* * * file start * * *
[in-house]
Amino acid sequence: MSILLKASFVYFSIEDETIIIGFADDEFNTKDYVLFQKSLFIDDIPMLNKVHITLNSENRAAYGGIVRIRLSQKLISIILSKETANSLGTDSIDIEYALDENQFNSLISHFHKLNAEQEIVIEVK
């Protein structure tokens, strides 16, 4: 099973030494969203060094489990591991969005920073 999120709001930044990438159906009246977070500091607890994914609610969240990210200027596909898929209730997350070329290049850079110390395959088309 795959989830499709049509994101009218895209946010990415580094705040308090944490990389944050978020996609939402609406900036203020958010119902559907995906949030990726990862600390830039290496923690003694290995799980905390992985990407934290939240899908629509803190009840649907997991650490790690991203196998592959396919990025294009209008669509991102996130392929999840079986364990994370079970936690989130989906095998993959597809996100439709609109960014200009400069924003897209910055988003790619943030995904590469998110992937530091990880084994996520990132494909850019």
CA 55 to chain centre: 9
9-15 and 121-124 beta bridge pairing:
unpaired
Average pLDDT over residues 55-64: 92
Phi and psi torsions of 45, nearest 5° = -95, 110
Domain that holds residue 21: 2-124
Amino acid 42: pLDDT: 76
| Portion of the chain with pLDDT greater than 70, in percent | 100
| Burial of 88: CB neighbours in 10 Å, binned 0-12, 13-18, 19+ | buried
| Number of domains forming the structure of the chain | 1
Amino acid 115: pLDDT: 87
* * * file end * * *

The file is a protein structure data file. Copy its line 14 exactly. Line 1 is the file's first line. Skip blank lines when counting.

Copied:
Amino acid 115: pLDDT: 87